|Photo: Jeff Swenson
|Isabel Mercedes Cumming, J.D., CFE, chief of Prince George's County's Economic Crimes Unit, isn't daunted by U.S. foreclosure statistics as she fights fraud in Maryland.
The real estate company said it existed for one major reason: to help desperate homeowners in Prince George’s County, Md., who were facing foreclosure on their properties. The company convinced many to deed the titles to their homes to the company for one year so the homeowners could clean up their credit and shop for lower monthly mortgages.
But, of course, instead of honoring their promises, the company stole the titles to the victims’ homes, obtained inflated appraisals, and used those appraisals to sell the houses to unsuspecting straw buyers. The scammers ran off with the proceeds and didn’t pay the mortgages as promised. The victims lost more than $1 million and their homes to foreclosure.
We’ve all seen the staggering statistics. In 2009, foreclosure filings were reported on more than 2.8 million U.S. properties, a 21 percent increase in total properties from 2008 and a 120 percent increase in total properties from 2007, according to realtytrac.com. Maryland has the fifth-highest amount of foreclosures in the nation. Fraudsters have taken advantage of stressed homeowners on the verge of disaster. Mortgage fraud, a perennial problem during boom times, becomes a burgeoning dilemma when the bottom drops out.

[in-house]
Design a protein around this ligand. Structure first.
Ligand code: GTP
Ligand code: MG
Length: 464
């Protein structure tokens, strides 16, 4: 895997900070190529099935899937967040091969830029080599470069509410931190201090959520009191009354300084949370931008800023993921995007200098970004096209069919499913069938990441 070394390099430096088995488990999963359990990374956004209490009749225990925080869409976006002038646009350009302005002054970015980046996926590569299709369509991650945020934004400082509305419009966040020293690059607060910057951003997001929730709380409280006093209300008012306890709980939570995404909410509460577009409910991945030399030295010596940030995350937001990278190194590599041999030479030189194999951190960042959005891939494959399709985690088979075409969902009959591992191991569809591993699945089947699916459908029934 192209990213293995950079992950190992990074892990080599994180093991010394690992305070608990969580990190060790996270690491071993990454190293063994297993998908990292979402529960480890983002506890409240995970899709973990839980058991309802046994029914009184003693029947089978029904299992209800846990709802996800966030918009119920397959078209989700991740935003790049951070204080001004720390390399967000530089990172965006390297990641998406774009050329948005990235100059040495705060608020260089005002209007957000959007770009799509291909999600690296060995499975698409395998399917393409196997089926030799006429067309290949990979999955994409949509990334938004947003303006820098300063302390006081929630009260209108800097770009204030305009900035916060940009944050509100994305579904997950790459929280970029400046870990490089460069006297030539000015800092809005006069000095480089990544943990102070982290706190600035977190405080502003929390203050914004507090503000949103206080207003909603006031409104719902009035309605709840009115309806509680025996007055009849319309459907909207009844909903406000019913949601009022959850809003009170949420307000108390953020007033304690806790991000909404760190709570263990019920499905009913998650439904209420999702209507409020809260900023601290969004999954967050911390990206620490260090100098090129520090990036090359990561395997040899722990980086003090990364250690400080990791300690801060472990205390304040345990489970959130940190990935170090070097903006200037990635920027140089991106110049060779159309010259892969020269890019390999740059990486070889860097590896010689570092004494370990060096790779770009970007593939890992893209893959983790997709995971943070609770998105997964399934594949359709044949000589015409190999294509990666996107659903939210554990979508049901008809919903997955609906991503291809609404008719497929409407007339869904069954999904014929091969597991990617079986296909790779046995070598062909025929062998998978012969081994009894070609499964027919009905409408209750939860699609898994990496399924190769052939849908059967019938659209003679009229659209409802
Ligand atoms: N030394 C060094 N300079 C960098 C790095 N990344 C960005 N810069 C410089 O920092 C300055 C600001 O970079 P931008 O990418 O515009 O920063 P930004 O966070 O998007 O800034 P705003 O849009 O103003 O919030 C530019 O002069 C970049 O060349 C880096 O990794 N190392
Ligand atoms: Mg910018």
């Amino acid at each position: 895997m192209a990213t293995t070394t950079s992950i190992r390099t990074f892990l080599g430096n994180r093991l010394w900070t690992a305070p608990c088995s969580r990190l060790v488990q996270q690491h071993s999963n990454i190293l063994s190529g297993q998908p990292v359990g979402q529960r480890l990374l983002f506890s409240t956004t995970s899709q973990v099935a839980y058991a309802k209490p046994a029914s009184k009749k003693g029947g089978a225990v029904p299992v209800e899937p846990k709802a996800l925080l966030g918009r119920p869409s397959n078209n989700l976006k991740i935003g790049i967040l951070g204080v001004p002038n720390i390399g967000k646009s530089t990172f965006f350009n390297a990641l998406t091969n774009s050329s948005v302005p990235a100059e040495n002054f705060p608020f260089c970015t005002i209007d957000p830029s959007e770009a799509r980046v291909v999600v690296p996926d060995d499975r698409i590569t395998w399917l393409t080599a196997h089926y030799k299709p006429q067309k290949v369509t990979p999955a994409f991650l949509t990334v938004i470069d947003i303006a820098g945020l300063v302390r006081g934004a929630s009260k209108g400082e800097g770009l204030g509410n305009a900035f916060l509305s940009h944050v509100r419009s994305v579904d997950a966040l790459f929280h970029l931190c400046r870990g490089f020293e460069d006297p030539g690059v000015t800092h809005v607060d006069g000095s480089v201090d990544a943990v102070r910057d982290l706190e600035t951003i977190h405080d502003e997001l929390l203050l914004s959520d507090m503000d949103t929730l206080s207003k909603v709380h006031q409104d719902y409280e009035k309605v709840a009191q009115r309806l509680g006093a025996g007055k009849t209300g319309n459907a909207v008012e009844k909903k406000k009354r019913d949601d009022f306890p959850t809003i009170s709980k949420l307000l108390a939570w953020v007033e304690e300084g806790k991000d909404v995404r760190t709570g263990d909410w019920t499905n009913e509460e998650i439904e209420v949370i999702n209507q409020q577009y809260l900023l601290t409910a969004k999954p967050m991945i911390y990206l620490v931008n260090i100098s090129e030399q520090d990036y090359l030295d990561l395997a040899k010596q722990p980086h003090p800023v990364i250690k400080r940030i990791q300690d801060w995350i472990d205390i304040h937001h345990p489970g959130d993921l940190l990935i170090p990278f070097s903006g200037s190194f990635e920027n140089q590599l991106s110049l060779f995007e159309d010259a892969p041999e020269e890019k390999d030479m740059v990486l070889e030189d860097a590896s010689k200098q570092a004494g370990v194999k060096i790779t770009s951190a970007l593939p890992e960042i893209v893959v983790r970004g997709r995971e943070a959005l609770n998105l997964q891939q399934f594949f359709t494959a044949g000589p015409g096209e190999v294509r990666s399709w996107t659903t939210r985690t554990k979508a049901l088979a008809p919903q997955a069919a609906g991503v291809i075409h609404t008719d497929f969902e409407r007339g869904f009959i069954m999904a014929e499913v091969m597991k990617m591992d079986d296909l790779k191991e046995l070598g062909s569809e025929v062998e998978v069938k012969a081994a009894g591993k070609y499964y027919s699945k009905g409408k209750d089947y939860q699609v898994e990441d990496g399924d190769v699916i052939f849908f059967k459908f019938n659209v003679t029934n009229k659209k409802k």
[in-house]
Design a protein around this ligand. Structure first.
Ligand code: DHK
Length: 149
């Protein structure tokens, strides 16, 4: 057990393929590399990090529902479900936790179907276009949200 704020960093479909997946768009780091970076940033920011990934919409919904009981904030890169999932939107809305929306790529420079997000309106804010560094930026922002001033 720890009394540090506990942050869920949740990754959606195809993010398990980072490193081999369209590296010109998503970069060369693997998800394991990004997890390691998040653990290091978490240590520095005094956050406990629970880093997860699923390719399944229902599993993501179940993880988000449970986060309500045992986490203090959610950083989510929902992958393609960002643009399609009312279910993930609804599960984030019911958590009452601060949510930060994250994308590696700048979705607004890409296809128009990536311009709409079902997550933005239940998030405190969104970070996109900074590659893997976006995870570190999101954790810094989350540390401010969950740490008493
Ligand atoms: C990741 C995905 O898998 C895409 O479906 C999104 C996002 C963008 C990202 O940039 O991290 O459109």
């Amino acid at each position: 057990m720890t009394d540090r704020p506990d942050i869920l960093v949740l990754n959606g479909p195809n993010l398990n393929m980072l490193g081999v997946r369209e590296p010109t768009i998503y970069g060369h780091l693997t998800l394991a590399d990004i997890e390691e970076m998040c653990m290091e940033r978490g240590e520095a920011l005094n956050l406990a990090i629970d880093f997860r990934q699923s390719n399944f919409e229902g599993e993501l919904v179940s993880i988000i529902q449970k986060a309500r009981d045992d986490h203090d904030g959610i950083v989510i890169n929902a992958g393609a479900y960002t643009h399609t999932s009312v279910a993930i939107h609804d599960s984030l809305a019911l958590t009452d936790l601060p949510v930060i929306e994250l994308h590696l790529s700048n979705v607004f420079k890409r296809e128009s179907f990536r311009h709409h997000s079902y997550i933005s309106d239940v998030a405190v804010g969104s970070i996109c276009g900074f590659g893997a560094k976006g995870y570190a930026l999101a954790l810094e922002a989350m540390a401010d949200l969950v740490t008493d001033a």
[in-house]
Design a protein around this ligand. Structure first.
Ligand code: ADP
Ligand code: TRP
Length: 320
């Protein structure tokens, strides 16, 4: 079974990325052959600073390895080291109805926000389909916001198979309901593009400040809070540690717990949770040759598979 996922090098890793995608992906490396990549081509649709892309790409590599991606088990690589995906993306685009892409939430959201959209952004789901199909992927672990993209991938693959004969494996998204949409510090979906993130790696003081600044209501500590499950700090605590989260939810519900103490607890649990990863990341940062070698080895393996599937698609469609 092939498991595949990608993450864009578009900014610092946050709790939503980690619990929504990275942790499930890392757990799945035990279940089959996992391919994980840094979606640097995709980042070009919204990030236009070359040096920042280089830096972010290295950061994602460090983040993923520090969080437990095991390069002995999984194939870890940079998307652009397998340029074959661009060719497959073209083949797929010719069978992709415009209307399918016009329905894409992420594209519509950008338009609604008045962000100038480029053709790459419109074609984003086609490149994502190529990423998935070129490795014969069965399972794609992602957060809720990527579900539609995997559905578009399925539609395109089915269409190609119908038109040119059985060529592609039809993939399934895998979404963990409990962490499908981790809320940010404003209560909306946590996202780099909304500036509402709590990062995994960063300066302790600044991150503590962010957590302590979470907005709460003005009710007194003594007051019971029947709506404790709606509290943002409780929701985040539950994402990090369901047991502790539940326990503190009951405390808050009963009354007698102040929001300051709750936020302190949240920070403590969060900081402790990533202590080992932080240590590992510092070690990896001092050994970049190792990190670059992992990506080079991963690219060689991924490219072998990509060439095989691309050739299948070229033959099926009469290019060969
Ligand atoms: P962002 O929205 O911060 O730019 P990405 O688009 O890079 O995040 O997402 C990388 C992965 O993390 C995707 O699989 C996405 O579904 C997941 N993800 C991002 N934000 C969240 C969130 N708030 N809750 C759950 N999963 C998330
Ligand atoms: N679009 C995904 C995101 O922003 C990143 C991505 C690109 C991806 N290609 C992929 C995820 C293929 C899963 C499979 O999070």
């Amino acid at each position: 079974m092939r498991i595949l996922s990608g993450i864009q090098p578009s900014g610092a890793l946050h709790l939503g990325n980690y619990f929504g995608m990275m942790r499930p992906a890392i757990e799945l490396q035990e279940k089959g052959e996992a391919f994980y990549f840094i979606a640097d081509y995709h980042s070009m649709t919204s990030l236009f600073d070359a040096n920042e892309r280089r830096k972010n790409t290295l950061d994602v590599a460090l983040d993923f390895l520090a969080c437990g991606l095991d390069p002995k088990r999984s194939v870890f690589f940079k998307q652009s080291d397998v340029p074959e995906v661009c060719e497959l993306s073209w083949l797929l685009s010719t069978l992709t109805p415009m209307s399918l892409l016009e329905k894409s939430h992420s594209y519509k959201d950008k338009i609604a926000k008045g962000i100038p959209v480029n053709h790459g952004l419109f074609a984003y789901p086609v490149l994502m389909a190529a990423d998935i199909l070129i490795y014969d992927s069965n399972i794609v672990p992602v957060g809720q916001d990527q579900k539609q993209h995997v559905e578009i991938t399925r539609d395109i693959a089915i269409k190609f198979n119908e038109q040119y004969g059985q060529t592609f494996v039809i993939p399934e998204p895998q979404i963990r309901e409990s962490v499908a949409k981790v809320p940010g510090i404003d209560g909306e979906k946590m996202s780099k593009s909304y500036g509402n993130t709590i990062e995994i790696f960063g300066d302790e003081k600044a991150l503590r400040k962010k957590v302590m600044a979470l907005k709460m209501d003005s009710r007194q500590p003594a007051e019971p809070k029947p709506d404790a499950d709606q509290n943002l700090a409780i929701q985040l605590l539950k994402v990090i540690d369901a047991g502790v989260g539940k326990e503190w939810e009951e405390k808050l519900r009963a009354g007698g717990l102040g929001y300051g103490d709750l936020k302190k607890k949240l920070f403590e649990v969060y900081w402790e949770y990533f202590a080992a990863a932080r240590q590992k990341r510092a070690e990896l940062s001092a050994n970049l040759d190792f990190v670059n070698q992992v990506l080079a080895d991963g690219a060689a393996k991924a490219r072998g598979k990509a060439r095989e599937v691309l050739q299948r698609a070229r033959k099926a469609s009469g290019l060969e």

Hundreds of state and county groups are fighting mortgage fraud with a vengeance at the local level. ACFE Regent Emeritus Isabel Mercedes Cumming, J.D., CFE, is chief of the Economic Crimes Unit (ECU) in Prince George’s County, Md., directly adjacent to Washington, D.C. Cumming’s ECU is one of the United States’ first professional investigative units dedicated to mortgage and foreclosure fraud.
The county state’s attorney’s office began the ECU with a grant from the Maryland Governor’s Office of Crime Control and Prevention. The unit’s attorneys, investigators, and numerous interns fight mortgage scams in a county where more than 50 percent of the reported mortgage scams in the state occur. At any one time, the ECU has about 30 active investigations and is taking on more this year.
Cumming, who previously was an assistant state’s attorney in the Baltimore City State’s Attorney’s Office Economic Crimes Unit and an assistant state prosecutor in the Maryland Office of the State Prosecutor, said she relishes tackling mortgage fraud cases one by one.
“So many of my victims have told me that I was their last chance,” said this fraud fighter of more than 25 years. “Hearing that and knowing that you have helped a good person who just trusted the wrong person convinces me that I made the right career choice. I intend to keep up the good fight for the next quarter century!”